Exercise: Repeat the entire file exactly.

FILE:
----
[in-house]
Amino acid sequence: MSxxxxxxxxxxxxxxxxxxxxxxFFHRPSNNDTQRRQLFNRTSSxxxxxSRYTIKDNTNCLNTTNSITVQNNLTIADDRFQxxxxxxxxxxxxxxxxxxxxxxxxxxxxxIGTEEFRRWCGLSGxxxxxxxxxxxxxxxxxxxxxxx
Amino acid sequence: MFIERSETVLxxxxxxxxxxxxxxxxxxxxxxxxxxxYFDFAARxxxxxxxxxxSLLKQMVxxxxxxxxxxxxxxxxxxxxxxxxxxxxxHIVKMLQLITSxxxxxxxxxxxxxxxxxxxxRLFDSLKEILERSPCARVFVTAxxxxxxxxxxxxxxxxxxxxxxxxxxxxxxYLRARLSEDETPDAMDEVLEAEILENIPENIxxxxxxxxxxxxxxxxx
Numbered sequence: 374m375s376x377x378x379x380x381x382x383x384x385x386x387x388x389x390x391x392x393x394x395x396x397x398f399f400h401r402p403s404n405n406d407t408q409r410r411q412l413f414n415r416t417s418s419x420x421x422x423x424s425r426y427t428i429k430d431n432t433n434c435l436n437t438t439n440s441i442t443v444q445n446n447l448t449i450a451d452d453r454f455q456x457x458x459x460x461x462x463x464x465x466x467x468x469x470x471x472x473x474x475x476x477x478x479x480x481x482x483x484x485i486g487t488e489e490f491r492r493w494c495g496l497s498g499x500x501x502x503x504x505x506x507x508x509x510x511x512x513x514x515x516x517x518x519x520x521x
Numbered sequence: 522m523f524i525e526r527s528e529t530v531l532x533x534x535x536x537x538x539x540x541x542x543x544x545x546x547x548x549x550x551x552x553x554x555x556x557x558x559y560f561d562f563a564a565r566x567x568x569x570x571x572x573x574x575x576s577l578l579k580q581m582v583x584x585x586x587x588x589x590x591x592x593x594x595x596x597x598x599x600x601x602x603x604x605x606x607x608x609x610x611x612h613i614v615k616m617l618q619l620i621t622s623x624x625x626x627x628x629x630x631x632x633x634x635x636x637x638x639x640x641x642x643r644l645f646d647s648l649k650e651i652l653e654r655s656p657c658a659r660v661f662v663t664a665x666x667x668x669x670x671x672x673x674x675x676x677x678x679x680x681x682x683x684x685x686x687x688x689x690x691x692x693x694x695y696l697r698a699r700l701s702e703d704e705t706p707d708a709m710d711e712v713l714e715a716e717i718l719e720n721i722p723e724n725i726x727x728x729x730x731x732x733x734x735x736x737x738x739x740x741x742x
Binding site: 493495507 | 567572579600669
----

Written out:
[in-house]
Amino acid sequence: MSxxxxxxxxxxxxxxxxxxxxxxFFHRPSNNDTQRRQLFNRTSSxxxxxSRYTIKDNTNCLNTTNSITVQNNLTIADDRFQxxxxxxxxxxxxxxxxxxxxxxxxxxxxxIGTEEFRRWCGLSGxxxxxxxxxxxxxxxxxxxxxxx
Amino acid sequence: MFIERSETVLxxxxxxxxxxxxxxxxxxxxxxxxxxxYFDFAARxxxxxxxxxxSLLKQMVxxxxxxxxxxxxxxxxxxxxxxxxxxxxxHIVKMLQLITSxxxxxxxxxxxxxxxxxxxxRLFDSLKEILERSPCARVFVTAxxxxxxxxxxxxxxxxxxxxxxxxxxxxxxYLRARLSEDETPDAMDEVLEAEILENIPENIxxxxxxxxxxxxxxxxx
Numbered sequence: 374m375s376x377x378x379x380x381x382x383x384x385x386x387x388x389x390x391x392x393x394x395x396x397x398f399f400h401r402p403s404n405n406d407t408q409r410r411q412l413f414n415r416t417s418s419x420x421x422x423x424s425r426y427t428i429k430d431n432t433n434c435l436n437t438t439n440s441i442t443v444q445n446n447l448t449i450a451d452d453r454f455q456x457x458x459x460x461x462x463x464x465x466x467x468x469x470x471x472x473x474x475x476x477x478x479x480x481x482x483x484x485i486g487t488e489e490f491r492r493w494c495g496l497s498g499x500x501x502x503x504x505x506x507x508x509x510x511x512x513x514x515x516x517x518x519x520x521x
Numbered sequence: 522m523f524i525e526r527s528e529t530v531l532x533x534x535x536x537x538x539x540x541x542x543x544x545x546x547x548x549x550x551x552x553x554x555x556x557x558x559y560f561d562f563a564a565r566x567x568x569x570x571x572x573x574x575x576s577l578l579k580q581m582v583x584x585x586x587x588x589x590x591x592x593x594x595x596x597x598x599x600x601x602x603x604x605x606x607x608x609x610x611x612h613i614v615k616m617l618q619l620i621t622s623x624x625x626x627x628x629x630x631x632x633x634x635x636x637x638x639x640x641x642x643r644l645f646d647s648l649k650e651i652l653e654r655s656p657c658a659r660v661f662v663t664a665x666x667x668x669x670x671x672x673x674x675x676x677x678x679x680x681x682x683x684x685x686x687x688x689x690x691x692x693x694x695y696l697r698a699r700l701s702e703d704e705t706p707d708a709m710d711e712v713l714e715a716e717i718l719e720n721i722p723e724n725i726x727x728x729x730x731x732x733x734x735x736x737x738x739x740x741x742x
Binding site: 493495507 | 567572579600669